Major Change
March 9, 2012

It’s more than a name change: NSCAD’s new Major in Textiles/Fashion reflects a philosophy that the two areas of study are intrinsically linked at NSCAD, like the warp and weft of woven fabric.

“This gives us an identity that’s unique among universities,” says Gary Markle, assistant professor in the Textiles/Fashion Department, as he put the final touches on a show, Major Change, which opened Thursday, March 8 at Seeds Gallery.“I don’t think there’s another degree-granting textile/fashion program like it anywhere in Canada.”

Until now, students could only take a minor in fashion and a major in textiles. The name change linking Textiles and Fashion better reflects the program, which balances the conceptual concerns of design with the textile traditions of weaving, dyeing, printing and garment making. The change was approved recently by the Maritime Provinces Higher Education Commission (MPHEC).

“Students really ramp up their learning when the disciplines are combined,” says Prof. Markle, who studied at the Parson’s School of Design in New York and NSCAD University.

Students in the major program take courses in three streams: Structure (includes studio classes in weaving and off-loom structures), Surface (resist dyeing and screen printing) and Form (design and pattern drafting). Students also study art and craft history, professional practices or entrepreneurship during the four-year degree program.

Professor Robin Muller, a textile artist, says she is excited to be working with colleagues and students in a new way. “Textile art is enjoying a renaissance all over the world, but we are always aware of our relationship to industry. Cloth is often not complete in itself. It is a building block to something else.”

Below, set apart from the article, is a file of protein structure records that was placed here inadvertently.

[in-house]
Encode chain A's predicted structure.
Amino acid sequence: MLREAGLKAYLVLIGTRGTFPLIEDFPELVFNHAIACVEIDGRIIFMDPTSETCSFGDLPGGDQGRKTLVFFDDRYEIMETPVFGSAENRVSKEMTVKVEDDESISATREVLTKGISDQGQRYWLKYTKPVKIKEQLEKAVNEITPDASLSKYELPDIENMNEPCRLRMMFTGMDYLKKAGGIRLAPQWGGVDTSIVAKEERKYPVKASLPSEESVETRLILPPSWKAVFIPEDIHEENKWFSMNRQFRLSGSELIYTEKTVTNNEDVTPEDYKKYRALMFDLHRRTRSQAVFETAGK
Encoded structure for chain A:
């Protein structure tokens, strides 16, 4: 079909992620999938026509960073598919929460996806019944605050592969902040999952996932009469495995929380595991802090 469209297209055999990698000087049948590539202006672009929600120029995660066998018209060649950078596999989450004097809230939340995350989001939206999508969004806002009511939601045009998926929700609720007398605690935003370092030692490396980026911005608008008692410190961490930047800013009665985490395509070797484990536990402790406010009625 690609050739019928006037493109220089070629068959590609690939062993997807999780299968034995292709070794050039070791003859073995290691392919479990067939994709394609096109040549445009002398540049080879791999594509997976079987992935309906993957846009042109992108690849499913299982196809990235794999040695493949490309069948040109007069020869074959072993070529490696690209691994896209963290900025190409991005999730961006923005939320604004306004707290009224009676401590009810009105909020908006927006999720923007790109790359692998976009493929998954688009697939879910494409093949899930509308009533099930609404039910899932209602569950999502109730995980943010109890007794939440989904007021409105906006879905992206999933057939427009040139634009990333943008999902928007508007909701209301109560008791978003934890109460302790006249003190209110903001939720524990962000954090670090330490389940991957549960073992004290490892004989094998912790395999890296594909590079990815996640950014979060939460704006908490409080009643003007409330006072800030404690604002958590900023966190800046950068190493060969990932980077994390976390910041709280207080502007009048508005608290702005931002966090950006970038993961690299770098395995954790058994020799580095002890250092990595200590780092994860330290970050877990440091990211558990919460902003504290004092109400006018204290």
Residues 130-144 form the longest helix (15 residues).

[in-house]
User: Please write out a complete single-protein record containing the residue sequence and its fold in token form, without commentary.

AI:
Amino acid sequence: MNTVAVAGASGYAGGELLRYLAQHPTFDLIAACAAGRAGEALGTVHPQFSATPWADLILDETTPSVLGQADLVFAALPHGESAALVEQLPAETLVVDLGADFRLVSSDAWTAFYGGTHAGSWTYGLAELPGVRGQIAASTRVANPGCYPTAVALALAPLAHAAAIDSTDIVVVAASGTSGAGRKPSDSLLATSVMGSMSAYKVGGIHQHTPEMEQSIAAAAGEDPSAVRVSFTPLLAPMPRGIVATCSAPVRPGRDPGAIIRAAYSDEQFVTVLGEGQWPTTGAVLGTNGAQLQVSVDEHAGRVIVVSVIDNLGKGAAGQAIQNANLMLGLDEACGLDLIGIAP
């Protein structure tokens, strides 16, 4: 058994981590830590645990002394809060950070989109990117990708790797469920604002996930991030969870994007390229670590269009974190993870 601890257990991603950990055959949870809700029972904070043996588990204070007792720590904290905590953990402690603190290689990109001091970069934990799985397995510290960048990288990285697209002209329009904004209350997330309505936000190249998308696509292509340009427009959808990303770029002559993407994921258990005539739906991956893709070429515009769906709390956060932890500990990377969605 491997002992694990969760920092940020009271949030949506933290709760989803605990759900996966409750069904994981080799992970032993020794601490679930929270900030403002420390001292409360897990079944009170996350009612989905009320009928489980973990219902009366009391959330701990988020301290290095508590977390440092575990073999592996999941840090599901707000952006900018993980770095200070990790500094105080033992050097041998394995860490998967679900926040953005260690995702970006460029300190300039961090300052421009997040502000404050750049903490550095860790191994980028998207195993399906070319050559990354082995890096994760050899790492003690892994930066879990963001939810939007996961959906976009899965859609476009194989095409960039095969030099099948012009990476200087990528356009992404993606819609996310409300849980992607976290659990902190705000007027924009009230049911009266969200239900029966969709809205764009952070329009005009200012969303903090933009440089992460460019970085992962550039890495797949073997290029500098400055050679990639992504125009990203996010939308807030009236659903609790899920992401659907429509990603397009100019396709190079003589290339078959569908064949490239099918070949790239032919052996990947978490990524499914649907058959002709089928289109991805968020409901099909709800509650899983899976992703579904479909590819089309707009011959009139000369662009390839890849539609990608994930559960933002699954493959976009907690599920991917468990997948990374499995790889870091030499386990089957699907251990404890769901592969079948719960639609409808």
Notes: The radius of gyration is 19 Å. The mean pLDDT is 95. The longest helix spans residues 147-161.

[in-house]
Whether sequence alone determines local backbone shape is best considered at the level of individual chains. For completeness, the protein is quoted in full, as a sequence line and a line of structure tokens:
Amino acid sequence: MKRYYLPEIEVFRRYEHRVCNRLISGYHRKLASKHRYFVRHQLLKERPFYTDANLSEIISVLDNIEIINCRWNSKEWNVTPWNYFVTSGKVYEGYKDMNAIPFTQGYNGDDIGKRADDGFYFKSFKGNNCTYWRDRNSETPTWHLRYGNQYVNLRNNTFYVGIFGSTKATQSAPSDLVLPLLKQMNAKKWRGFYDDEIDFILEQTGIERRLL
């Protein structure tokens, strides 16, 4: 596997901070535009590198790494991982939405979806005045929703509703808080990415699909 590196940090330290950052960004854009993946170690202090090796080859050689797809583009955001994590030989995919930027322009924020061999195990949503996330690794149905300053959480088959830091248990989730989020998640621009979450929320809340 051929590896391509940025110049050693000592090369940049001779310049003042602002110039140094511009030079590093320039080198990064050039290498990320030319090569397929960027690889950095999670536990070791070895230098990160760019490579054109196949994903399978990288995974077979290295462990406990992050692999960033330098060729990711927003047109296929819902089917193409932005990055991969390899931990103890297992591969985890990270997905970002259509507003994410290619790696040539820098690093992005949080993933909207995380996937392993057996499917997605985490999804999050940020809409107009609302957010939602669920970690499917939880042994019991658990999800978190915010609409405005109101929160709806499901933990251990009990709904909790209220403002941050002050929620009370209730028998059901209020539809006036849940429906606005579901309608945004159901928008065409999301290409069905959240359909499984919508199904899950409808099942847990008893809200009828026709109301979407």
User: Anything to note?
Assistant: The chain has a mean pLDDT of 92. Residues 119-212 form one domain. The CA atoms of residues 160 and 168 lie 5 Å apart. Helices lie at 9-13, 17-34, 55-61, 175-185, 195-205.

NSCAD student Clara Congdon is delighted that her major reflects both her interests. Those parallel interests of fashion and textiles are also reflected in the pieces she contributed to the show—a trio of sleeveless dresses in different sizes that she designed and sewed herself. She even printed the linen with a repeating pattern of scissors and cutting lines. The pattern is both an artistic choice and a political statement; it refers to the practice of slashing name brand clothing before disposing of excess stock, something she became of aware of while working for a large retail outlet.

“I wasn’t interested in an industry-driven program—I was looking for an artistic learning experience and that’s what I’m getting at NSCAD,” says the Ottawa native. “It is incredibly satisfying to see yardage that you’ve completely covered with a design of your own making, then to cut it and sew it into a complete garment … the next step for me is to add weaving into that process.”

Major Change, which includes the work of students, alumni and faculty, continues at Seeds Gallery, 116-1099 Marginal Road, through to March 25.

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 Third-year NSCAD student Clara Congdon.  Clara Congdon's dresses on display at Seeds.